Former NFL player wants brain studied
'In the NFL, you're taking a chance on your life'
Relaxing on his couch, Thomas Jones quickly scans the channel guide on the TV, his English bulldog resting at his feet, before landing on a football game.
Weekends were much different for Jones a few years ago.
"My job on Sundays is to find a place inside of me, to be furious, to be angry, to be violent," he said. "I better be ready to go out there and knock somebody's head off."
As a running back in the NFL, Jones did whatever it took to prove himself because he always knew his job was up for grabs. And his hard work paid off.
Jones, now 34, was a standout at the University of Virginia, and he went on to play 12 seasons in the NFL and earn a coveted spot in the league's elite 10,000 Rushing Yards Club.
Despite his love for the gridiron, the coal miner's son knows there's a dark side to the sport.
"In the NFL, yeah, we're making a lot of money. But the reality is, you're taking a chance on your life as well," he said. "People love to see someone get knocked out. But no one's there when they have a concussion."
It's something that weighs on Jones, who retired from the NFL in 2011 after playing 12 seasons for five different teams.
Still nimble, Jones doesn't experience chronic headaches or have memory trouble. He even considers himself less irritable nowadays than when he was playing.
Although his daily life isn't riddled with pain resulting from repeated pummeling, he is concerned about the long-term effects of the sport on his brain.
That concern grew after talking to doctors and players haunted by gnarly hits for a six-part documentary series, "The NFL: The Gift Or The Curse," which he is producing.
He felt his worries were founded when he learned that star NFL linebacker Junior Seau -- who took his own life last May -- suffered from a neurodegenerative brain disease that can develop from concussions known as chronic traumatic encephalopathy or CTE.
At that point, Jones said he decided to donate his own brain to the Sports Legacy Institute -- which studies the link between sports and brain trauma -- for research upon his death.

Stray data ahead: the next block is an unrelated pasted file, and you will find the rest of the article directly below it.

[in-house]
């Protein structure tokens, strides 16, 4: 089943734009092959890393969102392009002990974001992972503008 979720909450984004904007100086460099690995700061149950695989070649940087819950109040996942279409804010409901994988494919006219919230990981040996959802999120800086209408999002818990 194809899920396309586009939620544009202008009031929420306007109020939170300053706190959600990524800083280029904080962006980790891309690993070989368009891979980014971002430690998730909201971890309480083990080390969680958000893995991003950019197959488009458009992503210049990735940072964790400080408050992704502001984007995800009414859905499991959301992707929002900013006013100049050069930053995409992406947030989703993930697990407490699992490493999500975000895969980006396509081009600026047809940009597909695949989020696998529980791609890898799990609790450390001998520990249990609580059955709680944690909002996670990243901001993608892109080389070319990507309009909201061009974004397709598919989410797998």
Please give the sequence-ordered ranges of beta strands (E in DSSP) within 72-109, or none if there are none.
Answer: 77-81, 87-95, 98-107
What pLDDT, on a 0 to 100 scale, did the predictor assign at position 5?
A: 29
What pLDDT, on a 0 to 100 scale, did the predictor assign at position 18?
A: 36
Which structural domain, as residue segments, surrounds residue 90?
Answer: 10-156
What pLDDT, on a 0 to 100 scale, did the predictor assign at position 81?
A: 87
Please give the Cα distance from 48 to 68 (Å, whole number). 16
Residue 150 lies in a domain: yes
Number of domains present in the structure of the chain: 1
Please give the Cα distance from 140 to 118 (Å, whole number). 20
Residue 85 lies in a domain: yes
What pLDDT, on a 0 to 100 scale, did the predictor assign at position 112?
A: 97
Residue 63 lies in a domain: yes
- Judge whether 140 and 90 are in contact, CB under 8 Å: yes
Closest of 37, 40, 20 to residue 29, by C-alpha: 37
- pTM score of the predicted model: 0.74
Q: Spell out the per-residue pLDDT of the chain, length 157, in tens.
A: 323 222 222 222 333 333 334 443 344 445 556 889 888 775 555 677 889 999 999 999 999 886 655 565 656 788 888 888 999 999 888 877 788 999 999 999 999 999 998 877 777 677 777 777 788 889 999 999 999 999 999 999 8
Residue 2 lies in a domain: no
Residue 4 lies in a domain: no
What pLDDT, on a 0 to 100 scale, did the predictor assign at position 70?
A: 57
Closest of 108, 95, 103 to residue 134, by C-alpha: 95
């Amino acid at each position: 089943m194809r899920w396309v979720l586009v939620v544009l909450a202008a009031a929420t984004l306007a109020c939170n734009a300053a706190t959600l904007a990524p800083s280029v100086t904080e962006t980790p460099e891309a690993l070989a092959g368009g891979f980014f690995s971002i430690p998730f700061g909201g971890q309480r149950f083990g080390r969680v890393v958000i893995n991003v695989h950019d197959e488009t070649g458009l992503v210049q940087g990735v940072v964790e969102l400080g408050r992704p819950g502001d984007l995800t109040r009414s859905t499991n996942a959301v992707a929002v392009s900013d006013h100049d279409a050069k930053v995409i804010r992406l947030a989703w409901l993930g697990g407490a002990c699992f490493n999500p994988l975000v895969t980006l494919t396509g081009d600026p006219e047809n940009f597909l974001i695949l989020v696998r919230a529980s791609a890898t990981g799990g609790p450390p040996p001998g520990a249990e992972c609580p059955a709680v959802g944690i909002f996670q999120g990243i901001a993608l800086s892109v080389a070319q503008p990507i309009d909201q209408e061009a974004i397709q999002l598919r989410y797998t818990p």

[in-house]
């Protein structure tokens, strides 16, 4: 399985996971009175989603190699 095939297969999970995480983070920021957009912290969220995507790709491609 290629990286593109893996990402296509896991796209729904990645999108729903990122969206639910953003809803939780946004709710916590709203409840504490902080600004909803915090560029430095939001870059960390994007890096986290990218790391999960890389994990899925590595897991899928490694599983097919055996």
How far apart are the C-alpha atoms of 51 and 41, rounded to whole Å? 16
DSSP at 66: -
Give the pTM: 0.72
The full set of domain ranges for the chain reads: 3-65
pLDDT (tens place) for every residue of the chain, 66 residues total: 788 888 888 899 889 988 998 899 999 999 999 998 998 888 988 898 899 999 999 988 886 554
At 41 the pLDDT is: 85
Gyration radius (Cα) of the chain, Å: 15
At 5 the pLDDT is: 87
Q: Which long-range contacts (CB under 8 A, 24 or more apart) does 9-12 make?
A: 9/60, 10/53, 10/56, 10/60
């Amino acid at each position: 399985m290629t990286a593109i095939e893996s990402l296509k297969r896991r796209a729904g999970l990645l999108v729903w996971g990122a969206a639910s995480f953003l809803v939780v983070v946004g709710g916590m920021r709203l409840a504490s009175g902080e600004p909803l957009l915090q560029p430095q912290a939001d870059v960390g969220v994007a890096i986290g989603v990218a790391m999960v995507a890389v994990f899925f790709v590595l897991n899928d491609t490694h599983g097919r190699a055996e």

Jones said he hopes that research will help bring more understanding of the brain disease so future football players are informed when they decide to take the field.
"CTE didn't just pop up. It's been around," he said. "But unfortunately it took a couple of big-name guys to take their own lives to bring attention to it."
Seven months after Seau's death, another NFL player's life came to a violent end, stunning the sports world once again and raising concerns about the mental health of football players.
On December 1, Kansas City Chiefs linebacker Jovan Belcher fatally shot his girlfriend in the same home as their 3-month-old daughter before heading to team's practice facility, thanking his coaches, and turning his gun on himself.
Yet, in the wake of Belcher's murder-suicide, the nationwide discussion turned away from mental health and toward guns. NBC sportscaster Bob Costas fueled the firestorm with his comments just one day after the incident.
Referencing a piece written by Fox Sports' Jason Whitlock, Costas said, "'Handguns do not enhance our safety, they exacerbate our flaws, tempt us to escalate arguments and bait us into embracing confrontation rather than avoiding it.'
"'If Jovan Belcher didn't possess a gun, he and Kasandra Perkins would both be alive today.'"
Weeks later, the gun debate would grow even louder after the Newtown, Connecticut, school massacre.
Jones -- who played with Belcher and owns a handgun -- said there's a much bigger picture to consider.
"I loved Jovan like a brother, but he did something terrible, horrible, and we can't take that back," Jones said. "But to segue into (saying there is) a gun culture in the NFL ... makes me sick to my stomach."
Jones started playing football at age 7 in Big Stone Gap, Virginia. The oldest of seven kids, he describes his childhood as a simple country life. He said his family was so big they had to make two trips to church on Sundays -- half the family at a time. And, sometimes the family went without basic necessities, including heat.
Jones stepped into a different world as a professional athlete after graduating from the University of Virginia, he said, a world that has brought good fortune but one that also leaves him contemplating the future.
Since retiring from the Chiefs last season, Jones turned his attention to letting people know that life after football also has risks.
He's hopeful that the NFL will create new ways to make the sport safer, but, he said, "Football is football, it's a gladiator sport. Unfortunately, that's part of the game."
Jones said he is creating his documentary series to give viewers an insider look at NFL players' lives without the helmet. In one scene, former NFL defensive end Adewale Ogunleye laments about his memory loss.
"I know my memory's screwed up at times, I know I be forgetting things," Ogunleye says. "I kind of laugh it off now, but ... I hope these concussions don't come back to haunt us in the end."
Through this documentary, Jones hopes he can shed light on the human side of professional football.
"Even though we can do superhuman things, it seems, on the football field, it doesn't make us superhuman off the field," he said.
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